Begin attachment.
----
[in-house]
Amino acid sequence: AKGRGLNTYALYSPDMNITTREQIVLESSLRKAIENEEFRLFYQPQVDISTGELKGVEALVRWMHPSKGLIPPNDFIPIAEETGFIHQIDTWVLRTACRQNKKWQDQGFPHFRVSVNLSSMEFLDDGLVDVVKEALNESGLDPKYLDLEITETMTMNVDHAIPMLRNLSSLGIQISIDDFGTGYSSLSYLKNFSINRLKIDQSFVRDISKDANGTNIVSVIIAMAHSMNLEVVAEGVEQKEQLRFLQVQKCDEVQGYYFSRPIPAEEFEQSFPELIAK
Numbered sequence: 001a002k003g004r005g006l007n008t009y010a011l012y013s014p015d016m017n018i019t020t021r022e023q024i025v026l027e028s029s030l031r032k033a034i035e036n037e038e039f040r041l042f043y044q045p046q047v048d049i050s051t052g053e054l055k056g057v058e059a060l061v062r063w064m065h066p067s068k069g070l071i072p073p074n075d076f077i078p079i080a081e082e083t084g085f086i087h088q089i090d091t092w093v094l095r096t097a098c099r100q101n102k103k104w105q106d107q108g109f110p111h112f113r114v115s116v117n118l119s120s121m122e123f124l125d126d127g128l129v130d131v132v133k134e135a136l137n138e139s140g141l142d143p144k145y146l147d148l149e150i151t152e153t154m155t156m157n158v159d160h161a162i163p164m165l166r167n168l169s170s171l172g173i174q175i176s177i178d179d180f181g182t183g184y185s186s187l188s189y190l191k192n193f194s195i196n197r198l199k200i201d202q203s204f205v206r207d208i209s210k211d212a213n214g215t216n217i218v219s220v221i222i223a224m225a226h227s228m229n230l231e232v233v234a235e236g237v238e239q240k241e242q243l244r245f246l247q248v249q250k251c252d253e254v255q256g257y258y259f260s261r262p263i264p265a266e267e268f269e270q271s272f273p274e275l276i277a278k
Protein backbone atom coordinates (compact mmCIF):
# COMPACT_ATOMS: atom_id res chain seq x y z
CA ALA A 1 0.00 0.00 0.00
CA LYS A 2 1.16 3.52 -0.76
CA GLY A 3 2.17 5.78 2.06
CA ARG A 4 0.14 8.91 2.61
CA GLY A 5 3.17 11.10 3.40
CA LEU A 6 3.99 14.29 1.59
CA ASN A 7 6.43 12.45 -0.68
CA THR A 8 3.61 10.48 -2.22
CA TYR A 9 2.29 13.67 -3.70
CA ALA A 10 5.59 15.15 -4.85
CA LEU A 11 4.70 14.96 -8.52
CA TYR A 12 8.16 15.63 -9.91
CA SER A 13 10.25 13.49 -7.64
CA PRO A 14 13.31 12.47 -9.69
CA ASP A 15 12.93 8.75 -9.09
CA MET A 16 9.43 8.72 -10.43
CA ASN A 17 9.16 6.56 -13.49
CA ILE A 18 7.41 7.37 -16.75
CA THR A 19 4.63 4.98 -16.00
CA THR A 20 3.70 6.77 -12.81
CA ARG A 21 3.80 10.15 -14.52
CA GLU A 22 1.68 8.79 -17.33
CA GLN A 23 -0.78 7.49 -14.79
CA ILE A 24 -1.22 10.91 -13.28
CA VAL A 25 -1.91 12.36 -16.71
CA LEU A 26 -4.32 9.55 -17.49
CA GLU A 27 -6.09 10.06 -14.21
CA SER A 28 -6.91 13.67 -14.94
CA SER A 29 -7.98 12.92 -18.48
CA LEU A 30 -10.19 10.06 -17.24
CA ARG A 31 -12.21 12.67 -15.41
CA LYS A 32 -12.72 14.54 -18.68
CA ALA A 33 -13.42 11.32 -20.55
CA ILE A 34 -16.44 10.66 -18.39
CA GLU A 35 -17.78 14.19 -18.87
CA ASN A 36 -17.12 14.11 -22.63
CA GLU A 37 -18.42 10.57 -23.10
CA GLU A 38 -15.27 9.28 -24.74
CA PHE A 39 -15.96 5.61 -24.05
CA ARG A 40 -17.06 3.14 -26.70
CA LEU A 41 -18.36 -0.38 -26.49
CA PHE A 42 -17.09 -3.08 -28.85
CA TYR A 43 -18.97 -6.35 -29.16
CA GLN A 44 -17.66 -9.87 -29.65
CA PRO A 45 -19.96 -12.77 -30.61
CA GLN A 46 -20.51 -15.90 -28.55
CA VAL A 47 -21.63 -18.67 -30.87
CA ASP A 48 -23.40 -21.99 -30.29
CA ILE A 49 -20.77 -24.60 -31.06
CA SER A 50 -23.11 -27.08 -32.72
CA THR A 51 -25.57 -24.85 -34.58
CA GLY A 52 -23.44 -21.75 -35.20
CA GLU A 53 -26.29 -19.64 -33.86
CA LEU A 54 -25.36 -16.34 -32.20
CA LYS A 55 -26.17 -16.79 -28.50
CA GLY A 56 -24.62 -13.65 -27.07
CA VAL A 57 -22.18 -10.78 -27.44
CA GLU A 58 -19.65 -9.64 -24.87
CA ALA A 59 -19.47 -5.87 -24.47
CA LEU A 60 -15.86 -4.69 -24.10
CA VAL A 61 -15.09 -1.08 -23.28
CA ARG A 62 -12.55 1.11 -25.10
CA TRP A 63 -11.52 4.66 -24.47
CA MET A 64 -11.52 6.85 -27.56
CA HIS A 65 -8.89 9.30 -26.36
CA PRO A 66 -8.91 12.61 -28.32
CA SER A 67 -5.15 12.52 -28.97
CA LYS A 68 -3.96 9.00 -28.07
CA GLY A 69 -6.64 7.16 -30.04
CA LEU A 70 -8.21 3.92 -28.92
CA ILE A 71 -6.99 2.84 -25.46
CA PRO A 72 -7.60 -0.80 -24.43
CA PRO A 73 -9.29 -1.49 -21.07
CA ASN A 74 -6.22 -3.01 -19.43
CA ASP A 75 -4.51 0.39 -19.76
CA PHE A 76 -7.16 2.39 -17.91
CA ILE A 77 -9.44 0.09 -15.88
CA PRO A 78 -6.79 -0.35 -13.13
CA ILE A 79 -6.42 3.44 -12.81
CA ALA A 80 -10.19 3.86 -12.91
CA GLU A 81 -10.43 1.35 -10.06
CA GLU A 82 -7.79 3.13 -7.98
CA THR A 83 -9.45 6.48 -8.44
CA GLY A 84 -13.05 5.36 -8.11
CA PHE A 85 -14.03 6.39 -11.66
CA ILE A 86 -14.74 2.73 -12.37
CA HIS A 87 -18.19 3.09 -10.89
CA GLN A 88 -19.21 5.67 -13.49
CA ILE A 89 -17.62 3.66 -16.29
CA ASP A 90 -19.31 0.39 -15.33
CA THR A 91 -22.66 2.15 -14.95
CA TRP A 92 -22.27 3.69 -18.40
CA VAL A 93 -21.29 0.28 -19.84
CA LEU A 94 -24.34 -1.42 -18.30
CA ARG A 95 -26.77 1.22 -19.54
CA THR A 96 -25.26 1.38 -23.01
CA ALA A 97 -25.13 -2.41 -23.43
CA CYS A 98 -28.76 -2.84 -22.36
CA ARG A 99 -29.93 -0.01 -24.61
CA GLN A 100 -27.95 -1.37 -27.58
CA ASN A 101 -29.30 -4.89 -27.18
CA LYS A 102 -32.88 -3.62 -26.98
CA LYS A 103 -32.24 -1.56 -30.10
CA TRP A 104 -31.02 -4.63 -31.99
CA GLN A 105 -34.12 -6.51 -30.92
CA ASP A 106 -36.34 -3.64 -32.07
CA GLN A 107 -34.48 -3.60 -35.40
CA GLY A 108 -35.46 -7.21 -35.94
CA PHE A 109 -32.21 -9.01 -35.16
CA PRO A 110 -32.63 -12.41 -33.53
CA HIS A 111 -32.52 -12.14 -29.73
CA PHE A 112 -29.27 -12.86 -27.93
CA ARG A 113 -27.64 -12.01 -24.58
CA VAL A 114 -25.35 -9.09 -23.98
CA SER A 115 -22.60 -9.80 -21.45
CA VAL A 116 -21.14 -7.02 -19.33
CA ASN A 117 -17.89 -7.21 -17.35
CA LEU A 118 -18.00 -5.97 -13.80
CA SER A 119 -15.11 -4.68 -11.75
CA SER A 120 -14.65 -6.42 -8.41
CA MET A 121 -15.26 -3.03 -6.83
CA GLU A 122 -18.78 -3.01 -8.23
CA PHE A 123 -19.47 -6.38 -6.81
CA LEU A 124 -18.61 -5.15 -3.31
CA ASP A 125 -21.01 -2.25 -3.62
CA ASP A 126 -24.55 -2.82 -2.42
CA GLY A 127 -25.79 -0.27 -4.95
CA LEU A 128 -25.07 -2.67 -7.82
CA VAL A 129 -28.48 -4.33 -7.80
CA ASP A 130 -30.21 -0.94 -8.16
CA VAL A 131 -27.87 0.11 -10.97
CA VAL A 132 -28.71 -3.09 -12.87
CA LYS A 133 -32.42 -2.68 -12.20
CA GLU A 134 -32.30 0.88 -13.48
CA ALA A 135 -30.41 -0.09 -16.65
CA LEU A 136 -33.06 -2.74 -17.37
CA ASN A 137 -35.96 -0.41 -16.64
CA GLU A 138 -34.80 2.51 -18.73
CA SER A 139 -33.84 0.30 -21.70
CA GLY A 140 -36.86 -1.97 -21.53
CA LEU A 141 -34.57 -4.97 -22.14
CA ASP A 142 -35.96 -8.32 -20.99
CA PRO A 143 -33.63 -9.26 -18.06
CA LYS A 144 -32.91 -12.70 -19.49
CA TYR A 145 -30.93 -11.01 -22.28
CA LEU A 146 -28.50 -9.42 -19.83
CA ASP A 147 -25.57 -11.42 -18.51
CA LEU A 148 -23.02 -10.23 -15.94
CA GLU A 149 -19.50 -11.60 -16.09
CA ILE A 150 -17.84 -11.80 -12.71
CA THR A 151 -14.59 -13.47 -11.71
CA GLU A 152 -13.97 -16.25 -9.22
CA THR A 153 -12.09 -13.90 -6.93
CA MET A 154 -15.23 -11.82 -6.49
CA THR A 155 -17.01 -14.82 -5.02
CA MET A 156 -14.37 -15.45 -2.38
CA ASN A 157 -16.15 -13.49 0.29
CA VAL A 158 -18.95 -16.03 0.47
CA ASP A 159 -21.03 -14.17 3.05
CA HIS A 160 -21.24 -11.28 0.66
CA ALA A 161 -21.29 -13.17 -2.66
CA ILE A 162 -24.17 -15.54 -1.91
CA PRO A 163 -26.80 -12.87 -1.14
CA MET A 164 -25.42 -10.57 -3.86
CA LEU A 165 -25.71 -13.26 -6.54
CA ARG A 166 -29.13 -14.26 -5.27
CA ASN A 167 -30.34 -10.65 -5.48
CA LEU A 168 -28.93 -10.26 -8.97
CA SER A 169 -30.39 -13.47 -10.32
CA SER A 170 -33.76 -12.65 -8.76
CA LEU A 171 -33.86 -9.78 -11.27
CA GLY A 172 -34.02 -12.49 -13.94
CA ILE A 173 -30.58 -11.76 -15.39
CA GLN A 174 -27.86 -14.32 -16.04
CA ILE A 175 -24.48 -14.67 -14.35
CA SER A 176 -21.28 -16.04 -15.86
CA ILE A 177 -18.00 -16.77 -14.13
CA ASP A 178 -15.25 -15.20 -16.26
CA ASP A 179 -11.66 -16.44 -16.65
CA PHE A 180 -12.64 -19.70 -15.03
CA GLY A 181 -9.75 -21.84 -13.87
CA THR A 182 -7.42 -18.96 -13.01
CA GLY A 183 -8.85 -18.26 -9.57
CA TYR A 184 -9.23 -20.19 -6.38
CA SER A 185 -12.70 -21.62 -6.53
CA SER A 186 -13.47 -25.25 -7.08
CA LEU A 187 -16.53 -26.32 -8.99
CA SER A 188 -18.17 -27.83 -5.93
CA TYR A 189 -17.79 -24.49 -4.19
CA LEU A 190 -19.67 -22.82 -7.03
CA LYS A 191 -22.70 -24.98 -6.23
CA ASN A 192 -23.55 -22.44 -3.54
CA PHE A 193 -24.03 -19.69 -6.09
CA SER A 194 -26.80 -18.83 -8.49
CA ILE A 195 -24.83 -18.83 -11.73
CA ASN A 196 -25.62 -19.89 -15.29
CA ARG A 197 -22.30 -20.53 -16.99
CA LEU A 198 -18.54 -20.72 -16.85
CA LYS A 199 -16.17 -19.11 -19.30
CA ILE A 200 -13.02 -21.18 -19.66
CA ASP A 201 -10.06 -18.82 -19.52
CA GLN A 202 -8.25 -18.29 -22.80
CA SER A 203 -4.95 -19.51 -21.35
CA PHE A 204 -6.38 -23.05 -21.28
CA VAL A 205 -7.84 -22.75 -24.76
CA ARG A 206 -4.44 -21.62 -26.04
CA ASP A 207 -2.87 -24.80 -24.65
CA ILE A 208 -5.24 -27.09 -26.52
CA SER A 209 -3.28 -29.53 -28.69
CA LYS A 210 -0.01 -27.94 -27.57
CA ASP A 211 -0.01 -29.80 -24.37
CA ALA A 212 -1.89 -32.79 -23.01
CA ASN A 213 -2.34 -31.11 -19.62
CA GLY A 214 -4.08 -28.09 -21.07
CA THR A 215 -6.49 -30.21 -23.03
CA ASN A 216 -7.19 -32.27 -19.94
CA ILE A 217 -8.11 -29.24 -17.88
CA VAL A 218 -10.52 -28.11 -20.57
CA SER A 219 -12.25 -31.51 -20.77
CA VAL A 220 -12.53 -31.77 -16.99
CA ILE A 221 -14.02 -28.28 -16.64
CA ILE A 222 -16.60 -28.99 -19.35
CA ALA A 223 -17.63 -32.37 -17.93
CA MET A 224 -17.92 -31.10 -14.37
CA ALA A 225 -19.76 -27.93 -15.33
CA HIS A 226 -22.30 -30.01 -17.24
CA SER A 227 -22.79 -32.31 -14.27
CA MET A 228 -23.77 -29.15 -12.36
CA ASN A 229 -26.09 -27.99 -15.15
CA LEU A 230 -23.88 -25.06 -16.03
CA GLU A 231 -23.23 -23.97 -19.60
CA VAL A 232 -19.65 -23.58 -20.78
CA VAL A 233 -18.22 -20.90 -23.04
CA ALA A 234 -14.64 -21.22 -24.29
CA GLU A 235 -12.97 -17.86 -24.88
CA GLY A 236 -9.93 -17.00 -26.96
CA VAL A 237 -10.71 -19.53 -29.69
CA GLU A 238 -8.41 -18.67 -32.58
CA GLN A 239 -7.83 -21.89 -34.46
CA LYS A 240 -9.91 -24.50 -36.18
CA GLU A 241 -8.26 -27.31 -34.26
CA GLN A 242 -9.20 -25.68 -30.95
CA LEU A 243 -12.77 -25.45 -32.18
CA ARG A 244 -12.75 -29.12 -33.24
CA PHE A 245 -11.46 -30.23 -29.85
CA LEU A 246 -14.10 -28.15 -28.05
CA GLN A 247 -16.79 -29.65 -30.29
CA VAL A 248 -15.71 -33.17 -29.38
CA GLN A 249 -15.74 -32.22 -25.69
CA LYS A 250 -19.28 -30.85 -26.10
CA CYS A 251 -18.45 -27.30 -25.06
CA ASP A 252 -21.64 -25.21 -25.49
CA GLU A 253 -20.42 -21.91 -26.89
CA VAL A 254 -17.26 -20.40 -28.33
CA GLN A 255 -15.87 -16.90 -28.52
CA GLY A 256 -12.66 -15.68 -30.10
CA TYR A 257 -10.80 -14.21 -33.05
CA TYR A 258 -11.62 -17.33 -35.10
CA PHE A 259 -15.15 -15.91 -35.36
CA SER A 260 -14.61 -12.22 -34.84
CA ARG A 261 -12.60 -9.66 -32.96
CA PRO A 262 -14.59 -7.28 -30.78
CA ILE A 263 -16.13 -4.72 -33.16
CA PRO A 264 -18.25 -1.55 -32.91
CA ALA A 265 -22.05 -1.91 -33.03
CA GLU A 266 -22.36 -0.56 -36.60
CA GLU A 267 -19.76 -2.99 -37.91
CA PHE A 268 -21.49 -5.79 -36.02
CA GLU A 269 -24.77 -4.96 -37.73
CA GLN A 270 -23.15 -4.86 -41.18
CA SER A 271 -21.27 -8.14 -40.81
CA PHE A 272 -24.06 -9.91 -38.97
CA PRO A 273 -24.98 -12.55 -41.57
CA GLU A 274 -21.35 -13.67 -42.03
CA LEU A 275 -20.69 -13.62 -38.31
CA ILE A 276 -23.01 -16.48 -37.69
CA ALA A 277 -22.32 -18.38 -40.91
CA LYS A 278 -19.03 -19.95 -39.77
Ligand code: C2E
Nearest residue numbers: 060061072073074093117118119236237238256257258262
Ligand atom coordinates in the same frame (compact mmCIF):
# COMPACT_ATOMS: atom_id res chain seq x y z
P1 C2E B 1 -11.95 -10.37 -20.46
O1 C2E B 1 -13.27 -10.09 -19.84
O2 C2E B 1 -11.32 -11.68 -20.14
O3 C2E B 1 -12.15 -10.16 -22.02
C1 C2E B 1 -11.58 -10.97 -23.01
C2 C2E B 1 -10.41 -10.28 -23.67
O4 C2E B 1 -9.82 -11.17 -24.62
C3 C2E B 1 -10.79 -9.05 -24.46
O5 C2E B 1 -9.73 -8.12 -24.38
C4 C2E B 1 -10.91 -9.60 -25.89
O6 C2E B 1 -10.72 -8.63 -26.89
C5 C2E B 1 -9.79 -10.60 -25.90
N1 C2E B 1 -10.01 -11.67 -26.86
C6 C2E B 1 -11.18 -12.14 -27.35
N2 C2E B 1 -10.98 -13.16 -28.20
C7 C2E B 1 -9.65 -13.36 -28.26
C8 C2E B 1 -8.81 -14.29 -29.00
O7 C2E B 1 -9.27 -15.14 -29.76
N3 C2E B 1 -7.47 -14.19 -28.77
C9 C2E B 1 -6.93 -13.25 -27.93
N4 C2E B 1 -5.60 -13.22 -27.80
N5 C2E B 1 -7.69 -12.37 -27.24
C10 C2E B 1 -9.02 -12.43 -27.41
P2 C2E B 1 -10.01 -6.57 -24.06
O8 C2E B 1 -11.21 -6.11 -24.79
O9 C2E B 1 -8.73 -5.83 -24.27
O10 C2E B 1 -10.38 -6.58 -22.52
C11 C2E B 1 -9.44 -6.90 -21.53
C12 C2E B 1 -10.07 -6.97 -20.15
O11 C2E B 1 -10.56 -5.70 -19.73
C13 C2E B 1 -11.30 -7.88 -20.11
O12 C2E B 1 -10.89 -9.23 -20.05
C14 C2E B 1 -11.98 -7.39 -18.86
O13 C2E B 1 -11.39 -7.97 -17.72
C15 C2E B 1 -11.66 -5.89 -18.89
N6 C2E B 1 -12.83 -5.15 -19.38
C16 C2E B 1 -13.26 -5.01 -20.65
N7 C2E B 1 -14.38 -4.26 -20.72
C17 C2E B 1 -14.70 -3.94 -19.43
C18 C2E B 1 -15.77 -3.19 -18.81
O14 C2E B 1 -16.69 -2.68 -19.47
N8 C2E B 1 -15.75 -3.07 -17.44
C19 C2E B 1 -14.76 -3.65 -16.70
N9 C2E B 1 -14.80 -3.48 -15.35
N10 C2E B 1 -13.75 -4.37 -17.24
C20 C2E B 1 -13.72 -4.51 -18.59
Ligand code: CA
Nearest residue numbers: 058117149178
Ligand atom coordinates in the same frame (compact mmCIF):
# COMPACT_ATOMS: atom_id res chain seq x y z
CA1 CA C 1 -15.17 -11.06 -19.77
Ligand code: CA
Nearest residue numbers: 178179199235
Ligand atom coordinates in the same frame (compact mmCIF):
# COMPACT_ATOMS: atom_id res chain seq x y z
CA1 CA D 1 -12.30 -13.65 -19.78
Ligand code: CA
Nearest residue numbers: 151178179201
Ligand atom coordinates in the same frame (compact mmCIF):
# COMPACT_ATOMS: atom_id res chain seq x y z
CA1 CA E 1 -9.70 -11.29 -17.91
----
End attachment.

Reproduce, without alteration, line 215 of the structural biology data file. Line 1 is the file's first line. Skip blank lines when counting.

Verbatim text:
CA LYS A 210 -0.01 -27.94 -27.57